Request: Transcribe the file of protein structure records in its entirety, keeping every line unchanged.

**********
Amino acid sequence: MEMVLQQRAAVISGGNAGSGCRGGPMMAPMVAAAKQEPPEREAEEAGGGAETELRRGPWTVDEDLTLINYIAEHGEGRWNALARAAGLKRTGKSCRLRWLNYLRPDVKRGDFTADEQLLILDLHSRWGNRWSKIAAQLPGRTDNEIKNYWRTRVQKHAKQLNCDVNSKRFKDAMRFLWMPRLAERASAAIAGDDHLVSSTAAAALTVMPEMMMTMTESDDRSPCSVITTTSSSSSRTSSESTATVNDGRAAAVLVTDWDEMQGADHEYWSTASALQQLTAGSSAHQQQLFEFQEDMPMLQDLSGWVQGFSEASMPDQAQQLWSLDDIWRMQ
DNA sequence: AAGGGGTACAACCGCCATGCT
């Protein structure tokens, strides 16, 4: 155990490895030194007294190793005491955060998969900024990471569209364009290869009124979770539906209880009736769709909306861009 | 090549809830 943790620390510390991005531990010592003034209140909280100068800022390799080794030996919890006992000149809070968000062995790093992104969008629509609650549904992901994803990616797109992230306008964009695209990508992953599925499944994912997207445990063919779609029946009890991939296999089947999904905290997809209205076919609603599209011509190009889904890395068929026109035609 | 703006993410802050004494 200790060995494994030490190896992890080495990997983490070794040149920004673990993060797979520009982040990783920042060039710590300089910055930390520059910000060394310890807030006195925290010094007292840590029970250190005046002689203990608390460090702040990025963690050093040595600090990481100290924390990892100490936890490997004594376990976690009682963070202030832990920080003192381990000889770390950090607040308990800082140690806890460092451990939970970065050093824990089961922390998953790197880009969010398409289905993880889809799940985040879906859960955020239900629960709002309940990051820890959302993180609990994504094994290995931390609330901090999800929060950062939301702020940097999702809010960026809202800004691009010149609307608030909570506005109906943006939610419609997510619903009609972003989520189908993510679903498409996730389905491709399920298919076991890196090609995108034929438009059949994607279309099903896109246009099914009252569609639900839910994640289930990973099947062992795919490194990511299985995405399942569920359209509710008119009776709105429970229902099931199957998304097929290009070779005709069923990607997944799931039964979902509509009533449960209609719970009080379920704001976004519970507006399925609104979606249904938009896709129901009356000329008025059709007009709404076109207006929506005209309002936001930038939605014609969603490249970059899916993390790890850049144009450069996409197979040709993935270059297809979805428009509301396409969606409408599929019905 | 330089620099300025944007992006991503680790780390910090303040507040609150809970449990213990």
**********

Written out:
Amino acid sequence: MEMVLQQRAAVISGGNAGSGCRGGPMMAPMVAAAKQEPPEREAEEAGGGAETELRRGPWTVDEDLTLINYIAEHGEGRWNALARAAGLKRTGKSCRLRWLNYLRPDVKRGDFTADEQLLILDLHSRWGNRWSKIAAQLPGRTDNEIKNYWRTRVQKHAKQLNCDVNSKRFKDAMRFLWMPRLAERASAAIAGDDHLVSSTAAAALTVMPEMMMTMTESDDRSPCSVITTTSSSSSRTSSESTATVNDGRAAAVLVTDWDEMQGADHEYWSTASALQQLTAGSSAHQQQLFEFQEDMPMLQDLSGWVQGFSEASMPDQAQQLWSLDDIWRMQ
DNA sequence: AAGGGGTACAACCGCCATGCT
């Protein structure tokens, strides 16, 4: 155990490895030194007294190793005491955060998969900024990471569209364009290869009124979770539906209880009736769709909306861009 | 090549809830 943790620390510390991005531990010592003034209140909280100068800022390799080794030996919890006992000149809070968000062995790093992104969008629509609650549904992901994803990616797109992230306008964009695209990508992953599925499944994912997207445990063919779609029946009890991939296999089947999904905290997809209205076919609603599209011509190009889904890395068929026109035609 | 703006993410802050004494 200790060995494994030490190896992890080495990997983490070794040149920004673990993060797979520009982040990783920042060039710590300089910055930390520059910000060394310890807030006195925290010094007292840590029970250190005046002689203990608390460090702040990025963690050093040595600090990481100290924390990892100490936890490997004594376990976690009682963070202030832990920080003192381990000889770390950090607040308990800082140690806890460092451990939970970065050093824990089961922390998953790197880009969010398409289905993880889809799940985040879906859960955020239900629960709002309940990051820890959302993180609990994504094994290995931390609330901090999800929060950062939301702020940097999702809010960026809202800004691009010149609307608030909570506005109906943006939610419609997510619903009609972003989520189908993510679903498409996730389905491709399920298919076991890196090609995108034929438009059949994607279309099903896109246009099914009252569609639900839910994640289930990973099947062992795919490194990511299985995405399942569920359209509710008119009776709105429970229902099931199957998304097929290009070779005709069923990607997944799931039964979902509509009533449960209609719970009080379920704001976004519970507006399925609104979606249904938009896709129901009356000329008025059709007009709404076109207006929506005209309002936001930038939605014609969603490249970059899916993390790890850049144009450069996409197979040709993935270059297809979805428009509301396409969606409408599929019905 | 330089620099300025944007992006991503680790780390910090303040507040609150809970449990213990």